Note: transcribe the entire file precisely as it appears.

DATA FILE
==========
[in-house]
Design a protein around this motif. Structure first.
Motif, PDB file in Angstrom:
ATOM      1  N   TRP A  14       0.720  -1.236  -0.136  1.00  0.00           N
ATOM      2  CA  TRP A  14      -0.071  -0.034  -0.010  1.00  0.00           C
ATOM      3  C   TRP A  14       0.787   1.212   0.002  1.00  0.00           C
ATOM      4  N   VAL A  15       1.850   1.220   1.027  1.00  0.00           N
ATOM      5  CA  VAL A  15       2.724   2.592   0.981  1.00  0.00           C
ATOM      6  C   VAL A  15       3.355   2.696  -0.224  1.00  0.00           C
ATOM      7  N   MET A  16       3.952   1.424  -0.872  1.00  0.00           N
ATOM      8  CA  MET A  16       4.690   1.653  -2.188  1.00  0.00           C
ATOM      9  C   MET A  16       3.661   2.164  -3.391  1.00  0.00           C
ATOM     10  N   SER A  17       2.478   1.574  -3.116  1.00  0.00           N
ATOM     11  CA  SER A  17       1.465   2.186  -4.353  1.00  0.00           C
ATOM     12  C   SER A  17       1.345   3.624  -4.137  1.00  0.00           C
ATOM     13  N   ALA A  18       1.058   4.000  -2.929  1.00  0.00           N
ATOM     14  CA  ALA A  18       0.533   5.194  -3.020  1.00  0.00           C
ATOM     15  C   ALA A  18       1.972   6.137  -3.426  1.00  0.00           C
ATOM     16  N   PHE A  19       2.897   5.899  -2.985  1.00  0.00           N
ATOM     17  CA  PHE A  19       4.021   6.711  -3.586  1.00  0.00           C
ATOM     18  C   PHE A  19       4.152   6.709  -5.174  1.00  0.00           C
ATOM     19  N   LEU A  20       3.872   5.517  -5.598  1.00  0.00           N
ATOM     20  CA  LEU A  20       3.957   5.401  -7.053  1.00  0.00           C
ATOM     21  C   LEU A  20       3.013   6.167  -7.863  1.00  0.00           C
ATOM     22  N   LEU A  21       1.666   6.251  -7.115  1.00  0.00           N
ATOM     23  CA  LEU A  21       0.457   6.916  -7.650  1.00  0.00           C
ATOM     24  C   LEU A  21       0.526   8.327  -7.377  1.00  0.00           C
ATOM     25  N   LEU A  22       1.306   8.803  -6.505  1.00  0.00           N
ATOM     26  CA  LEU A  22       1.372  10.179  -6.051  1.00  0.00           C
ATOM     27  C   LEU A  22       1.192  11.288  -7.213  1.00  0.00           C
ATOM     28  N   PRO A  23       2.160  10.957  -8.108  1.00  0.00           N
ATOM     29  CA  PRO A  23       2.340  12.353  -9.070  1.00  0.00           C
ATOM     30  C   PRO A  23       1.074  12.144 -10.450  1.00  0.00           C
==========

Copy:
[in-house]
Design a protein around this motif. Structure first.
Motif, PDB file in Angstrom:
ATOM      1  N   TRP A  14       0.720  -1.236  -0.136  1.00  0.00           N
ATOM      2  CA  TRP A  14      -0.071  -0.034  -0.010  1.00  0.00           C
ATOM      3  C   TRP A  14       0.787   1.212   0.002  1.00  0.00           C
ATOM      4  N   VAL A  15       1.850   1.220   1.027  1.00  0.00           N
ATOM      5  CA  VAL A  15       2.724   2.592   0.981  1.00  0.00           C
ATOM      6  C   VAL A  15       3.355   2.696  -0.224  1.00  0.00           C
ATOM      7  N   MET A  16       3.952   1.424  -0.872  1.00  0.00           N
ATOM      8  CA  MET A  16       4.690   1.653  -2.188  1.00  0.00           C
ATOM      9  C   MET A  16       3.661   2.164  -3.391  1.00  0.00           C
ATOM     10  N   SER A  17       2.478   1.574  -3.116  1.00  0.00           N
ATOM     11  CA  SER A  17       1.465   2.186  -4.353  1.00  0.00           C
ATOM     12  C   SER A  17       1.345   3.624  -4.137  1.00  0.00           C
ATOM     13  N   ALA A  18       1.058   4.000  -2.929  1.00  0.00           N
ATOM     14  CA  ALA A  18       0.533   5.194  -3.020  1.00  0.00           C
ATOM     15  C   ALA A  18       1.972   6.137  -3.426  1.00  0.00           C
ATOM     16  N   PHE A  19       2.897   5.899  -2.985  1.00  0.00           N
ATOM     17  CA  PHE A  19       4.021   6.711  -3.586  1.00  0.00           C
ATOM     18  C   PHE A  19       4.152   6.709  -5.174  1.00  0.00           C
ATOM     19  N   LEU A  20       3.872   5.517  -5.598  1.00  0.00           N
ATOM     20  CA  LEU A  20       3.957   5.401  -7.053  1.00  0.00           C
ATOM     21  C   LEU A  20       3.013   6.167  -7.863  1.00  0.00           C
ATOM     22  N   LEU A  21       1.666   6.251  -7.115  1.00  0.00           N
ATOM     23  CA  LEU A  21       0.457   6.916  -7.650  1.00  0.00           C
ATOM     24  C   LEU A  21       0.526   8.327  -7.377  1.00  0.00           C
ATOM     25  N   LEU A  22       1.306   8.803  -6.505  1.00  0.00           N
ATOM     26  CA  LEU A  22       1.372  10.179  -6.051  1.00  0.00           C
ATOM     27  C   LEU A  22       1.192  11.288  -7.213  1.00  0.00           C
ATOM     28  N   PRO A  23       2.160  10.957  -8.108  1.00  0.00           N
ATOM     29  CA  PRO A  23       2.340  12.353  -9.070  1.00  0.00           C
ATOM     30  C   PRO A  23       1.074  12.144 -10.450  1.00  0.00           C